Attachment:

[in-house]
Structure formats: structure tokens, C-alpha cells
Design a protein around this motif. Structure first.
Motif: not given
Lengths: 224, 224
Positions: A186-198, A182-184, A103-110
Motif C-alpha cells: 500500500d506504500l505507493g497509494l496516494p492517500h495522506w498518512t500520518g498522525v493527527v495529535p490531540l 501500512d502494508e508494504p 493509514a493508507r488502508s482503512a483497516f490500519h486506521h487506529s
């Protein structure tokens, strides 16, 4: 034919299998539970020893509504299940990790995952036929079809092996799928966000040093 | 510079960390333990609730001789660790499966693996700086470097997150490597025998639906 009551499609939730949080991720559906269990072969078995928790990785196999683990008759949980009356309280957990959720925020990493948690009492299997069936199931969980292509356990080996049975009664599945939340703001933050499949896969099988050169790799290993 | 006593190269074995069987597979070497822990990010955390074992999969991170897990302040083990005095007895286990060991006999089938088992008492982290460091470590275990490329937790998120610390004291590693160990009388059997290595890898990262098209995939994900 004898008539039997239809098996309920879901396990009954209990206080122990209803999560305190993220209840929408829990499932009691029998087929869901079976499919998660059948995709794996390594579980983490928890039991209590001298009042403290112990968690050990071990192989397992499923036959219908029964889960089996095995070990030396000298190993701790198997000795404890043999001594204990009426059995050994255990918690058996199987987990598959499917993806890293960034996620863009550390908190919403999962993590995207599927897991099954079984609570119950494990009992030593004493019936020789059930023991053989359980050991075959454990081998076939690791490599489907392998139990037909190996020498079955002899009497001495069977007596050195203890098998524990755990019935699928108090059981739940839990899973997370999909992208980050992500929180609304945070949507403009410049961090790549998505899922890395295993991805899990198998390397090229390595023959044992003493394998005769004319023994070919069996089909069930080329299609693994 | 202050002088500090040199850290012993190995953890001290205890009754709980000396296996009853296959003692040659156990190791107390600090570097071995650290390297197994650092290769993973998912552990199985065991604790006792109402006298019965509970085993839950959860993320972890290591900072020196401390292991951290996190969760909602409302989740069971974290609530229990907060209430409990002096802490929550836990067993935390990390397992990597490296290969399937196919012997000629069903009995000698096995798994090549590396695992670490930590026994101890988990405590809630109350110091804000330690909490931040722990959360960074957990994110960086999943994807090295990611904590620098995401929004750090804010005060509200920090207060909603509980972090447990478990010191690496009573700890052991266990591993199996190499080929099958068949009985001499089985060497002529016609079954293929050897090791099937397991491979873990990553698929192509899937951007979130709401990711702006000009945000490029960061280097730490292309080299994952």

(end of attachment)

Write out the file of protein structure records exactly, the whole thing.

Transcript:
[in-house]
Structure formats: structure tokens, C-alpha cells
Design a protein around this motif. Structure first.
Motif: not given
Lengths: 224, 224
Positions: A186-198, A182-184, A103-110
Motif C-alpha cells: 500500500d506504500l505507493g497509494l496516494p492517500h495522506w498518512t500520518g498522525v493527527v495529535p490531540l 501500512d502494508e508494504p 493509514a493508507r488502508s482503512a483497516f490500519h486506521h487506529s
């Protein structure tokens, strides 16, 4: 034919299998539970020893509504299940990790995952036929079809092996799928966000040093 | 510079960390333990609730001789660790499966693996700086470097997150490597025998639906 009551499609939730949080991720559906269990072969078995928790990785196999683990008759949980009356309280957990959720925020990493948690009492299997069936199931969980292509356990080996049975009664599945939340703001933050499949896969099988050169790799290993 | 006593190269074995069987597979070497822990990010955390074992999969991170897990302040083990005095007895286990060991006999089938088992008492982290460091470590275990490329937790998120610390004291590693160990009388059997290595890898990262098209995939994900 004898008539039997239809098996309920879901396990009954209990206080122990209803999560305190993220209840929408829990499932009691029998087929869901079976499919998660059948995709794996390594579980983490928890039991209590001298009042403290112990968690050990071990192989397992499923036959219908029964889960089996095995070990030396000298190993701790198997000795404890043999001594204990009426059995050994255990918690058996199987987990598959499917993806890293960034996620863009550390908190919403999962993590995207599927897991099954079984609570119950494990009992030593004493019936020789059930023991053989359980050991075959454990081998076939690791490599489907392998139990037909190996020498079955002899009497001495069977007596050195203890098998524990755990019935699928108090059981739940839990899973997370999909992208980050992500929180609304945070949507403009410049961090790549998505899922890395295993991805899990198998390397090229390595023959044992003493394998005769004319023994070919069996089909069930080329299609693994 | 202050002088500090040199850290012993190995953890001290205890009754709980000396296996009853296959003692040659156990190791107390600090570097071995650290390297197994650092290769993973998912552990199985065991604790006792109402006298019965509970085993839950959860993320972890290591900072020196401390292991951290996190969760909602409302989740069971974290609530229990907060209430409990002096802490929550836990067993935390990390397992990597490296290969399937196919012997000629069903009995000698096995798994090549590396695992670490930590026994101890988990405590809630109350110091804000330690909490931040722990959360960074957990994110960086999943994807090295990611904590620098995401929004750090804010005060509200920090207060909603509980972090447990478990010191690496009573700890052991266990591993199996190499080929099958068949009985001499089985060497002529016609079954293929050897090791099937397991491979873990990553698929192509899937951007979130709401990711702006000009945000490029960061280097730490292309080299994952």